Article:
Chapter: Internet & World Wide Web HOW TO PROGRAM - e-Business & e-Commerce

| Study Material, Lecturing Notes, Assignment, Reference, Wiki description explanation, brief detail |

XML and e-Commerce

Extensible Markup Language (XML) is similar to XHTML, but XML does possess some distinguishing differences. XML allows users to create customized tags that are unique to specific applications so that users are not limited to using XHTML’s fixed set of publishing-industry-specific tags.

XML and e-Commerce

 

 

Extensible Markup Language (XML) is similar to XHTML, but XML does possess some distinguishing differences. XML allows users to create customized tags that are unique to specific applications so that users are not limited to using XHTML’s fixed set of publishing-industry-specific tags. For example, developers can make industry-specific (or even organization-specific) tags to categorize data more effectively within their communi-ties. Some industries have already developed standardized XML tags for online document publication. For example, Mathematical Markup Language (MathML) is a standardized XML-based language for the marking up of mathematical formulas in documents, whereas Chemical Markup Language (CML) is a standardized XML-based language for the marking up of the molecular structure of chemicals.

The ability to customize tags enables business data to be used worldwide. For example, businesses can create XML tags specifically for invoices, electronic funds transfers, pur-chase orders and other business transactions. However, to be used effectively, an industry’s customized tags must be standardized across that industry.

 

Once tags are standardized, the browser must be able to recognize them. This is accom-plished by building the tags into the browser or by downloading the appropriate plug-ins. The process can be automated, because customized XML tags could actually be used as a com-mand for a browser to download the plug-in for the corresponding set of standardized tags.

 

The impact of XML on e-commerce is profound. XML gives online merchants a supe-rior method of tracking product information. By using standardized tags for data, bots and search engines are able to find products online more quickly.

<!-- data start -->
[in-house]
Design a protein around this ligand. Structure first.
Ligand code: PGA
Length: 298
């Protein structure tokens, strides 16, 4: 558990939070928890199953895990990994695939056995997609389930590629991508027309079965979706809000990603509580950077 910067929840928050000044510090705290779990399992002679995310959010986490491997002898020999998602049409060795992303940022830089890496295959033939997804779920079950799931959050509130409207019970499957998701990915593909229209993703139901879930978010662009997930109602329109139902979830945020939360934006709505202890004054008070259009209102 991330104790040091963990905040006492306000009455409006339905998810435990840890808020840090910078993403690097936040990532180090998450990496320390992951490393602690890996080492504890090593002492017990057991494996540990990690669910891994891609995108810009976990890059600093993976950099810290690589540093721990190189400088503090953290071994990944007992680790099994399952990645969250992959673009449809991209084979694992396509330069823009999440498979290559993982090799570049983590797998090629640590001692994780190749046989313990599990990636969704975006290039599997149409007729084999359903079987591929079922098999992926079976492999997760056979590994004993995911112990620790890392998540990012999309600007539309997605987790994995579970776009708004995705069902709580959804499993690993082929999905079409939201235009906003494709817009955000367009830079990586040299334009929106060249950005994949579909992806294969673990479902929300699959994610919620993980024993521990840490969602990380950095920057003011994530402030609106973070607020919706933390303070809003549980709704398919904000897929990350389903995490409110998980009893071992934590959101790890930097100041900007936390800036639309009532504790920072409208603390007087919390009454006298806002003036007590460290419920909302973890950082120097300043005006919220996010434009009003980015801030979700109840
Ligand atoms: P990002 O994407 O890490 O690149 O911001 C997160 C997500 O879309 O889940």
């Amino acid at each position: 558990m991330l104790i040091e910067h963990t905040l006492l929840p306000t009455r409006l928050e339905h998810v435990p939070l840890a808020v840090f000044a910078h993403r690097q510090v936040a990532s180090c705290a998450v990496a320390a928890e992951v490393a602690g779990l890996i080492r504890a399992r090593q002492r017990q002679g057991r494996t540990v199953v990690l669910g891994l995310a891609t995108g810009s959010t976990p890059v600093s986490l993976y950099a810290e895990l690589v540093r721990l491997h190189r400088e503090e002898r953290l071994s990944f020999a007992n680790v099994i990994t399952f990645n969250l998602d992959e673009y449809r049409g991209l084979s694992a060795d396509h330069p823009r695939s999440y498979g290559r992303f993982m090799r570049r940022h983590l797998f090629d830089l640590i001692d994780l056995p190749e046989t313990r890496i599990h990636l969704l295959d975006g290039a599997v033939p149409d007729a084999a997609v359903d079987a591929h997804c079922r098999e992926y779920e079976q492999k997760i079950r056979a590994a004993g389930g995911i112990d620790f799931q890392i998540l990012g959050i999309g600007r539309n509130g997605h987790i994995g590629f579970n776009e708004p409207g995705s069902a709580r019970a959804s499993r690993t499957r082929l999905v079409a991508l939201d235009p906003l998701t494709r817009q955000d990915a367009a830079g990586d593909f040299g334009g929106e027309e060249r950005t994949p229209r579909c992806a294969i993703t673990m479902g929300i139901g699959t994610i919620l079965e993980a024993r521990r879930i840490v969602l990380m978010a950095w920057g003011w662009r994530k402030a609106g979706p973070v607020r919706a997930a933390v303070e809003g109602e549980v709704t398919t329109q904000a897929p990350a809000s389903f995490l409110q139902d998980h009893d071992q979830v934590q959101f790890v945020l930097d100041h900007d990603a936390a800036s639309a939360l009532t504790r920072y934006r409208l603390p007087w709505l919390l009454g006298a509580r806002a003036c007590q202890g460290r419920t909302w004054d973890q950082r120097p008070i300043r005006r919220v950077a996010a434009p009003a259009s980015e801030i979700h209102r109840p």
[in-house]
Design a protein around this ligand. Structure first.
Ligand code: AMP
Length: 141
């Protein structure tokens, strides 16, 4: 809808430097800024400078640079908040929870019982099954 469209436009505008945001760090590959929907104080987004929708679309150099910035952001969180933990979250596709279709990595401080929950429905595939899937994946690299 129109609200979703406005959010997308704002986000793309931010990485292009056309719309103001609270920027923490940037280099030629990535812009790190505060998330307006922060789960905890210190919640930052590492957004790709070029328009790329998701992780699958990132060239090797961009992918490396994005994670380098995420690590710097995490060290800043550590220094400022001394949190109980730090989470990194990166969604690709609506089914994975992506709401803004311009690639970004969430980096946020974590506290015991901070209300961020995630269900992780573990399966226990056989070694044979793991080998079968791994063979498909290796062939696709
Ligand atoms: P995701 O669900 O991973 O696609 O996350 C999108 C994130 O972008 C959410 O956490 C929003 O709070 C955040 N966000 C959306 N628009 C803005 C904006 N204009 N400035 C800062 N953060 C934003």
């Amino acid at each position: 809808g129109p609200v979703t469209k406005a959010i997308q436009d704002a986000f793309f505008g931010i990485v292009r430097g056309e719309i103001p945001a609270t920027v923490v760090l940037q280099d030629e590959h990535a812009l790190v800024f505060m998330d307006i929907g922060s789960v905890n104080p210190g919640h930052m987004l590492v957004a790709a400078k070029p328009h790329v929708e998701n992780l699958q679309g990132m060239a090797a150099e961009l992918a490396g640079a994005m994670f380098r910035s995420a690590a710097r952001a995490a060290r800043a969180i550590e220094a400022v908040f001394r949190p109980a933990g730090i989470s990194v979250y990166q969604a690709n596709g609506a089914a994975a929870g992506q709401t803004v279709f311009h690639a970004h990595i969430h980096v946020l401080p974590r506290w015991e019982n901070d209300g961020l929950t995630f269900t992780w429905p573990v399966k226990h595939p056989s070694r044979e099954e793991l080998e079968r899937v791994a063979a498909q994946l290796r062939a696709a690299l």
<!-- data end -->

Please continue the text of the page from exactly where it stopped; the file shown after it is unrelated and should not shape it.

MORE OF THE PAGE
Many industries are using XML to improve Electronic Data Interchange (EDI), the transfer of data between computers. The health care industry, for example, uses XML to share patient information (even CAT-scans) among health care applications. This helps doctors access information and make decisions more quickly, which can improve patient care.

 

The Health Level Seven (HL7) organization’s Application Protocol for Electronic Data Exchange in Healthcare Environments uses XML. This standard enables health care applica tions to exchange data electronically by specifying the layout and order of information. Patient names, addresses and insurance providers are tagged so that such data can be shared electronically among applications. For example, once a patient’s identification information is entered, that information can be shared over the hospital’s intranet with the labs and the accounting department, eliminating the need to re-enter the same data. HL7 is a non-profit,

 

American National Standards Institute (ANSI)—an accredited Standards Developing Orga-nization—that focuses on clinical and administrative data. To locate additional information on HL7, visit their Web site at www.HL7.org; the ANSI Web site is www.ansi.org.

 

The XML Metadata Interchange Format (XMI) is a standard that combines XML with the Unified Modeling Language (UML). Software developers use UML to design object-oriented systems. XMI allows developers using object technology to tag design data. XMI tags allow developers to exchange design data over the Internet and interact with multiple vendors by using a variety of tools and applications. XMI thus enables people worldwide to collaborate on the designs of object-oriented software systems. For more information about XMI, visit www-4.ibm.com/software/ad/features/xmi.html.

 

Some software companies sell their products over the Web. The Open Software Description Format (OSD) is an XML specification that facilitates the distribution of soft-ware over the Internet. Using OSD, developers tag the structure of an application and its files. The tags describe each component of the software and its relationship to the other components in the application. The availability of software for download from the Web saves vendors the time, resources and money previously required to create boxed products and ship them to customers.


Study Material, Lecturing Notes, Assignment, Reference, Wiki description explanation, brief detail


Copyright © 2018-2020 BrainKart.com; All Rights Reserved. Developed by Therithal info, Chennai.